Cork North-Central results: Fine Gael’s Dara Murphy takes final seat

Billy Kelleher (FF), Mick Barry (AAA-PBP), Jonathan O’Brien (SF) elected as Labour’s Kathleen Lynch loses out

Billy Kelleher of Fianna Fáil who was  elected at Cork North Central. Photograph: Michael Mac Sweeney/Provision.

Billy Kelleher of Fianna Fáil who was elected at Cork North Central. Photograph: Michael Mac Sweeney/Provision.


The four seats of Cork North-Central have been filled with Fianna Fáil, Fine Gael, Sinn Féin and the Anti-Austerity Alliance-People Before Profit each taking a seat.

Minister of State Dara Murphy took the last seat in the constituency on the 11th count but was about 1,000 votes short of a quota.

Fianna Fáil health spokesman Billy Kelleher was the first TD elected in the constituency, exceeding the quota by some 4,000 votes on the first count.

Mick Barry of the AAA-PBP took the second seat on the seventh count before Sinn Féin’s Jonathan O’Brien took the third.

The eleventh and final count in Cork North Central completed a miserable election for Labour in Cork city with Minister of State, Kathleen Lynch losing out for the final seat as she joined her her brother-in-law, Ciaran, who lost his seat in neighbouring Cork South Central, in the ranks of the defeated.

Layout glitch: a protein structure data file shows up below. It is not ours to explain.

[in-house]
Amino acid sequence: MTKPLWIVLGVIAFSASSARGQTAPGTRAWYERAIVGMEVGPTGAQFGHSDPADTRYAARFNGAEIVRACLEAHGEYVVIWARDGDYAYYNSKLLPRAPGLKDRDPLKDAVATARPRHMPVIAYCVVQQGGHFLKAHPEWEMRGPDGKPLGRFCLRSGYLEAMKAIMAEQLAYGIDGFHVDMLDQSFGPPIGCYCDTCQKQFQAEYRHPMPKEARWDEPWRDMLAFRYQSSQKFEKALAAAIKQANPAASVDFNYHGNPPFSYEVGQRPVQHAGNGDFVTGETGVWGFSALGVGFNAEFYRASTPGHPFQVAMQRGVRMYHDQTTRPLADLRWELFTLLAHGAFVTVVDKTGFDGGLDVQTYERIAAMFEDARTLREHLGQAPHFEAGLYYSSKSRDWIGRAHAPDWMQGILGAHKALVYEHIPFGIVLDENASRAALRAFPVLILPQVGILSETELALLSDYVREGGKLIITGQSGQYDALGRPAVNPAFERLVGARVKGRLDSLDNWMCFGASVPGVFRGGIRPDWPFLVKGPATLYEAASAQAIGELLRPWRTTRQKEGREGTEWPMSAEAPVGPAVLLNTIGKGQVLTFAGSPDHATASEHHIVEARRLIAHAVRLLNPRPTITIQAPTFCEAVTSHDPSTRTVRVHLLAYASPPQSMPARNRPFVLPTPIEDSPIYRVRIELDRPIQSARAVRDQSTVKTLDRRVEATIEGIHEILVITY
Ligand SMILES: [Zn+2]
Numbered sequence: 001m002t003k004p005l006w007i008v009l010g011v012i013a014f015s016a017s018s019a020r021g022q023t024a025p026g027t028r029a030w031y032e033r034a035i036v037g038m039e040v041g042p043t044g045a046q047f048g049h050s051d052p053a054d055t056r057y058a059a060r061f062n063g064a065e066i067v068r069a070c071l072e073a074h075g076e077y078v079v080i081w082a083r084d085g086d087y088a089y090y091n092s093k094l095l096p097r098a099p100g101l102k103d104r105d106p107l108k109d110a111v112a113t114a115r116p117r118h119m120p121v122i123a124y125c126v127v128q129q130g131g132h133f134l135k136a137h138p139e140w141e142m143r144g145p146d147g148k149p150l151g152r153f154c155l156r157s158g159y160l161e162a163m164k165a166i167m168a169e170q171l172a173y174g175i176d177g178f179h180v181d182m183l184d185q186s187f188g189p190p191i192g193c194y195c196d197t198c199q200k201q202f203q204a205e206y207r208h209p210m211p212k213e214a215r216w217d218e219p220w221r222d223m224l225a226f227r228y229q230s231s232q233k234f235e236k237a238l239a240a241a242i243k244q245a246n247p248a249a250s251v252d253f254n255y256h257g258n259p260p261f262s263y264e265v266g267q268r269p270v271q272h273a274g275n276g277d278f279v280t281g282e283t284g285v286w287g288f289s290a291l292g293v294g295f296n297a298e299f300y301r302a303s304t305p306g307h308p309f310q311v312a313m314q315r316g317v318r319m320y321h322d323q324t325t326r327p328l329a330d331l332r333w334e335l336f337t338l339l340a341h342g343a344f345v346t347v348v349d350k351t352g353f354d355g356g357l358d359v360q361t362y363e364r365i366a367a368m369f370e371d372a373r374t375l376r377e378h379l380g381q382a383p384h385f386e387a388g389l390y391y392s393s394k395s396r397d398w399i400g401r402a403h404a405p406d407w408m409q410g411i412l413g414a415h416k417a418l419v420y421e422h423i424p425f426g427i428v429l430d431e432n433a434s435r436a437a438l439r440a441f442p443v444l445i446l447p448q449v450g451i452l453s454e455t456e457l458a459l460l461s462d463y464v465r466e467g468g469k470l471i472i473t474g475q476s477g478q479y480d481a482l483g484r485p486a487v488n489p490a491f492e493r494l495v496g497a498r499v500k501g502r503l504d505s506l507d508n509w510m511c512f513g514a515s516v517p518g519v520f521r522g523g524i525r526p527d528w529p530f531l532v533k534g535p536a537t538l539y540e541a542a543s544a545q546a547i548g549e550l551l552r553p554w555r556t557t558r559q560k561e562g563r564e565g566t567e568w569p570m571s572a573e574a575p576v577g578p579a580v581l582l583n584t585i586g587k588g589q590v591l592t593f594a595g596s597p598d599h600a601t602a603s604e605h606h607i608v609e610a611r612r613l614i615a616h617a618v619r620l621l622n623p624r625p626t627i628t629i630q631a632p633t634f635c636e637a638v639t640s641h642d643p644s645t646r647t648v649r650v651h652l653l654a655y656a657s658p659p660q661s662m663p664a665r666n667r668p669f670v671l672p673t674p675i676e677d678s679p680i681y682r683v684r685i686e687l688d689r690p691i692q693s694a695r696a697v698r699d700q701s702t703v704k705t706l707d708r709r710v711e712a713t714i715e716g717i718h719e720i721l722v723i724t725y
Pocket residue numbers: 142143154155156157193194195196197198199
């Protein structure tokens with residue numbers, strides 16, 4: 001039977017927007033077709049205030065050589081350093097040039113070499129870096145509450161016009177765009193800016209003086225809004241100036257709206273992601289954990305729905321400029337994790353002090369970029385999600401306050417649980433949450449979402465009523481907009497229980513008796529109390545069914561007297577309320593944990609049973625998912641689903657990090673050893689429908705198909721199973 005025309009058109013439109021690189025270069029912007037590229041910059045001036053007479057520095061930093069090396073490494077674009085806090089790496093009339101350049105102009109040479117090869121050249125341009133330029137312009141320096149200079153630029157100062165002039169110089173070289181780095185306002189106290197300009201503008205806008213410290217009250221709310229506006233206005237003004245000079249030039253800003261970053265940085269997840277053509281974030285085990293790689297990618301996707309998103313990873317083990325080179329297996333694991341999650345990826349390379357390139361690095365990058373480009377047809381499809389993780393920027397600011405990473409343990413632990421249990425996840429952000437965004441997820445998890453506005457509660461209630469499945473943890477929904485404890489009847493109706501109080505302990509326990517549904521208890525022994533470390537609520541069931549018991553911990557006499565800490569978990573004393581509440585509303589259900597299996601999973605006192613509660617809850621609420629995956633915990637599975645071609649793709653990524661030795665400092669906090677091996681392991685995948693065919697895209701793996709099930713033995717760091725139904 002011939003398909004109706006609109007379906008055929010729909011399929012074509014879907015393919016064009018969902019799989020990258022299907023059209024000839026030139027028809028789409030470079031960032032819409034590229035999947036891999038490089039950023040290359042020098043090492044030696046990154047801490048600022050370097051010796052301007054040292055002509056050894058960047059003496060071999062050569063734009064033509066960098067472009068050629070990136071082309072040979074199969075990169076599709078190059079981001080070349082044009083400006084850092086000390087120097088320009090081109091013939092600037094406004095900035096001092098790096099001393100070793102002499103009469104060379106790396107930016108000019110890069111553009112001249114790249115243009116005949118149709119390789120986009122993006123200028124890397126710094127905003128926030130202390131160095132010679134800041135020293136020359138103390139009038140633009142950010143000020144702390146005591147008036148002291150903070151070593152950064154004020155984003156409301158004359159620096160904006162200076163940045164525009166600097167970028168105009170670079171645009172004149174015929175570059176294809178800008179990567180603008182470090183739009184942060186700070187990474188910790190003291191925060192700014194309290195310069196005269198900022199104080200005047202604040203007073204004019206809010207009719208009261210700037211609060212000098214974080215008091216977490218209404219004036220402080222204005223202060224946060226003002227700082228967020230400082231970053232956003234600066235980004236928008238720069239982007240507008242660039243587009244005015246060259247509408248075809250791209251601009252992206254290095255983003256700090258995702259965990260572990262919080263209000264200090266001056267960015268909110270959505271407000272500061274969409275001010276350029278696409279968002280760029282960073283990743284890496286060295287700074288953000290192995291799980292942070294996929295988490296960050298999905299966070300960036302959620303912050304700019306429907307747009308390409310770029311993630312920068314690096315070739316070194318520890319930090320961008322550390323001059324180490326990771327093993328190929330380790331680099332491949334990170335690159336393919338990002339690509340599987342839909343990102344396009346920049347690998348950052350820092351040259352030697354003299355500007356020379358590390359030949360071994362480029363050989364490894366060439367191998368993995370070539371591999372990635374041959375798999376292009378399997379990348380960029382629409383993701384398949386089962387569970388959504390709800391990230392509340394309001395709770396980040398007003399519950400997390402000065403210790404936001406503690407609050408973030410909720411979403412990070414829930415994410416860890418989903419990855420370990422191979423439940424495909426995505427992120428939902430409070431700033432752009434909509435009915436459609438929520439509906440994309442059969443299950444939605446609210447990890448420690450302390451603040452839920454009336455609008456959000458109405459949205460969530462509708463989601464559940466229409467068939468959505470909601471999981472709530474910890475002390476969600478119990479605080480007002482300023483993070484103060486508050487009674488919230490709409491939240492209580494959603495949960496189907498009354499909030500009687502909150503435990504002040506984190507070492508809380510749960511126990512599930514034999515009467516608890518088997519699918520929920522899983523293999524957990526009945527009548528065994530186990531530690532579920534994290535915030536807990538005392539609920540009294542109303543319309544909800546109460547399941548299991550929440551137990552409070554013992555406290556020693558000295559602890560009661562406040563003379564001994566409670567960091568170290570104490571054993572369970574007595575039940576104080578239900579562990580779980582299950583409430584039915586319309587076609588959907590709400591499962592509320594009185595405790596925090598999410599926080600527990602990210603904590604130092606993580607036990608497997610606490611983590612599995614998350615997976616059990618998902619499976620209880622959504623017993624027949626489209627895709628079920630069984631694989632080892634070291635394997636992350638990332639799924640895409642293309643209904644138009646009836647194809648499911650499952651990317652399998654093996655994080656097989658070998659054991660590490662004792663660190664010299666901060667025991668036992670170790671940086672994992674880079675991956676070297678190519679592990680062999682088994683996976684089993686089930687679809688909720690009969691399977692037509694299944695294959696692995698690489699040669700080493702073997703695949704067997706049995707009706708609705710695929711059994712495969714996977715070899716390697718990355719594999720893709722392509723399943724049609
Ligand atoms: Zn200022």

The general election mirrored the local elections in 2014 in Cork city for Labour when the party lost all its seven councillors with only Cork East Labour TD, Seán Sherlock bucking the trend and holding a seat for the party in any of the five cork Dailconstituencies on this occasion.

Ms Lynch saw the Labour vote drop from 26.47 per cent in 2011 when she ran with running mate. John Gilroy to 7.28 per cent this time.

Mr O’Brien topped the poll in 2011 to become the first TD elected under a Sinn Féin banner in Cork city since the 1920s but this time out the party had opted to run two candidates in Cork North Central so he had to split his vote with running mate, Cllr Thomas Gould.

The tactic did not bring the party a second seat but with Mr O’Brien winning 6,231 or 12.18 per cent of first preferences and Mr Gould winning 3,773 or 7.37 per cent of first preferences, the Sinn Féin incumbent was never in any danger.

Mr O’Brien’s election was greeted with a chorus of cheers and applause by his expectant supporters before they broke into a chorus On the One Road which echoed around Cork City Hall.